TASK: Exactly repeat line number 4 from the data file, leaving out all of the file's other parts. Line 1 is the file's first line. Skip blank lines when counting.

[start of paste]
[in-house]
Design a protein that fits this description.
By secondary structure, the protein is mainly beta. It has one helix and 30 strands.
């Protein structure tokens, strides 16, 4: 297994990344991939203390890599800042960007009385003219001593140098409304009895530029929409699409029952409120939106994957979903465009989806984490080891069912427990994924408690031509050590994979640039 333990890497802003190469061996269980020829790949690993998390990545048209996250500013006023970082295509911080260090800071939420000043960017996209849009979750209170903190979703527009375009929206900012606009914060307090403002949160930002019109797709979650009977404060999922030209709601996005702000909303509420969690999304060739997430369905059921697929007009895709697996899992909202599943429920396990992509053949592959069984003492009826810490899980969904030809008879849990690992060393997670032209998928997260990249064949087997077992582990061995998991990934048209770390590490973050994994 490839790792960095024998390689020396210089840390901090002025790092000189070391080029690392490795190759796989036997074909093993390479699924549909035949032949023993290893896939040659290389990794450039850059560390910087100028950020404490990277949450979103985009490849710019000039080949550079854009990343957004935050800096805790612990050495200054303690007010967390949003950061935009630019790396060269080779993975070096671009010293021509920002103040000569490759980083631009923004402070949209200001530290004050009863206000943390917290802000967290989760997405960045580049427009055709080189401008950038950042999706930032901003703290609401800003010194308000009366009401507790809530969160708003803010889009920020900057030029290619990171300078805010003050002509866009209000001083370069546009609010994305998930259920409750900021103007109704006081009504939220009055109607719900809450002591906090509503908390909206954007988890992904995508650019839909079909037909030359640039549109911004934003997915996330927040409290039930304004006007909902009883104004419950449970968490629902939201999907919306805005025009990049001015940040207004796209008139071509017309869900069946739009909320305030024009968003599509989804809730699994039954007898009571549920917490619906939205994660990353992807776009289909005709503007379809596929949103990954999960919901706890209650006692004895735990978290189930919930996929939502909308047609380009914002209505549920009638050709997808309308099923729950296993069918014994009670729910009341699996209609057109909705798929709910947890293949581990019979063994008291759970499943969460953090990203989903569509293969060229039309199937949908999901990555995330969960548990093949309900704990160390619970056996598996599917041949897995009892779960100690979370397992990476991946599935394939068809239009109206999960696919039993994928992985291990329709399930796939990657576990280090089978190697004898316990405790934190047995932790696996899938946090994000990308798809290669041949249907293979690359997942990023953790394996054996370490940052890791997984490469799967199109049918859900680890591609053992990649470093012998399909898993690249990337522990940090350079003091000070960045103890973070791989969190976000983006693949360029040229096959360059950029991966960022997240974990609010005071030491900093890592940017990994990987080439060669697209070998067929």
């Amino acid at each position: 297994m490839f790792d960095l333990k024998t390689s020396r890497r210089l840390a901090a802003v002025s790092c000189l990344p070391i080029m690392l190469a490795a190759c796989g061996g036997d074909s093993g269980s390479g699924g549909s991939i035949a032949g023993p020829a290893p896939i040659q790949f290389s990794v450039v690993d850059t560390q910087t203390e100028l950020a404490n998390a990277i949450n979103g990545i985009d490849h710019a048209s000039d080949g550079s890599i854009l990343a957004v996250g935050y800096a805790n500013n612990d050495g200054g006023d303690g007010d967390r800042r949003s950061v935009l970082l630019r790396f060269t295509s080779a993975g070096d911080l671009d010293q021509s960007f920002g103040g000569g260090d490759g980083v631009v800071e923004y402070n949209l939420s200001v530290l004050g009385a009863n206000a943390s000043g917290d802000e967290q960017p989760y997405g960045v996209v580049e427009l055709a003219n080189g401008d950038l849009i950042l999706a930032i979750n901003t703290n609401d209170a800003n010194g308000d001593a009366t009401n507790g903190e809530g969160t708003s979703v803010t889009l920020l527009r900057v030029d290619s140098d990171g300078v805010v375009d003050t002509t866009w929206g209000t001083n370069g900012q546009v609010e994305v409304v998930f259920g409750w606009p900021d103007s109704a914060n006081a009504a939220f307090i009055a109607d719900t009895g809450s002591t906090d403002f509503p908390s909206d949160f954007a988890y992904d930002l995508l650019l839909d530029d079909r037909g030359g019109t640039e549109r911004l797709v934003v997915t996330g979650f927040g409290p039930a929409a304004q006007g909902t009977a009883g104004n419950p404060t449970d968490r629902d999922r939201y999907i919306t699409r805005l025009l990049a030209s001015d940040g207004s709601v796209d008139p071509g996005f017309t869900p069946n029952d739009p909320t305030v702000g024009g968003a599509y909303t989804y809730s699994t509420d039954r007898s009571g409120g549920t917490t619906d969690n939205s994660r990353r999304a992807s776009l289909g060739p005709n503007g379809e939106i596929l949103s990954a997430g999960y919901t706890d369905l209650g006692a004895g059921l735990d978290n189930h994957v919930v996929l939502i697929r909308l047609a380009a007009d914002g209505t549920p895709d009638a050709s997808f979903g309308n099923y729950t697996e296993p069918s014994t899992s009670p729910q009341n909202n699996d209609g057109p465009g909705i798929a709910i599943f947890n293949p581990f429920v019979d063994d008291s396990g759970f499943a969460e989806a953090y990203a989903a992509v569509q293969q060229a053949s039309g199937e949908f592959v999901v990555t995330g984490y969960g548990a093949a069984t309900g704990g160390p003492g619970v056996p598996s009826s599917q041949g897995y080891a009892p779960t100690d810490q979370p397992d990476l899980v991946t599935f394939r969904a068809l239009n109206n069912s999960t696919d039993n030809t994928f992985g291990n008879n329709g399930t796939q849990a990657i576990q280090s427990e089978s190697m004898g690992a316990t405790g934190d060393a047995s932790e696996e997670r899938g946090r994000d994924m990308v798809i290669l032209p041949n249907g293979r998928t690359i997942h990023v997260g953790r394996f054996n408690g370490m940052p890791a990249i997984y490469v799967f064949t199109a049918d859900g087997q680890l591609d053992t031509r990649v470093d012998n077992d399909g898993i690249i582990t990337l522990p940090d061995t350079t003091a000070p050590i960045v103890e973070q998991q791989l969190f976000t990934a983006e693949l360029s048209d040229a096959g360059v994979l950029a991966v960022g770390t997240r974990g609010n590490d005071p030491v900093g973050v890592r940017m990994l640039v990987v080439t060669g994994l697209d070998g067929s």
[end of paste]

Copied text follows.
């Protein structure tokens, strides 16, 4: 297994990344991939203390890599800042960007009385003219001593140098409304009895530029929409699409029952409120939106994957979903465009989806984490080891069912427990994924408690031509050590994979640039 333990890497802003190469061996269980020829790949690993998390990545048209996250500013006023970082295509911080260090800071939420000043960017996209849009979750209170903190979703527009375009929206900012606009914060307090403002949160930002019109797709979650009977404060999922030209709601996005702000909303509420969690999304060739997430369905059921697929007009895709697996899992909202599943429920396990992509053949592959069984003492009826810490899980969904030809008879849990690992060393997670032209998928997260990249064949087997077992582990061995998991990934048209770390590490973050994994 490839790792960095024998390689020396210089840390901090002025790092000189070391080029690392490795190759796989036997074909093993390479699924549909035949032949023993290893896939040659290389990794450039850059560390910087100028950020404490990277949450979103985009490849710019000039080949550079854009990343957004935050800096805790612990050495200054303690007010967390949003950061935009630019790396060269080779993975070096671009010293021509920002103040000569490759980083631009923004402070949209200001530290004050009863206000943390917290802000967290989760997405960045580049427009055709080189401008950038950042999706930032901003703290609401800003010194308000009366009401507790809530969160708003803010889009920020900057030029290619990171300078805010003050002509866009209000001083370069546009609010994305998930259920409750900021103007109704006081009504939220009055109607719900809450002591906090509503908390909206954007988890992904995508650019839909079909037909030359640039549109911004934003997915996330927040409290039930304004006007909902009883104004419950449970968490629902939201999907919306805005025009990049001015940040207004796209008139071509017309869900069946739009909320305030024009968003599509989804809730699994039954007898009571549920917490619906939205994660990353992807776009289909005709503007379809596929949103990954999960919901706890209650006692004895735990978290189930919930996929939502909308047609380009914002209505549920009638050709997808309308099923729950296993069918014994009670729910009341699996209609057109909705798929709910947890293949581990019979063994008291759970499943969460953090990203989903569509293969060229039309199937949908999901990555995330969960548990093949309900704990160390619970056996598996599917041949897995009892779960100690979370397992990476991946599935394939068809239009109206999960696919039993994928992985291990329709399930796939990657576990280090089978190697004898316990405790934190047995932790696996899938946090994000990308798809290669041949249907293979690359997942990023953790394996054996370490940052890791997984490469799967199109049918859900680890591609053992990649470093012998399909898993690249990337522990940090350079003091000070960045103890973070791989969190976000983006693949360029040229096959360059950029991966960022997240974990609010005071030491900093890592940017990994990987080439060669697209070998067929």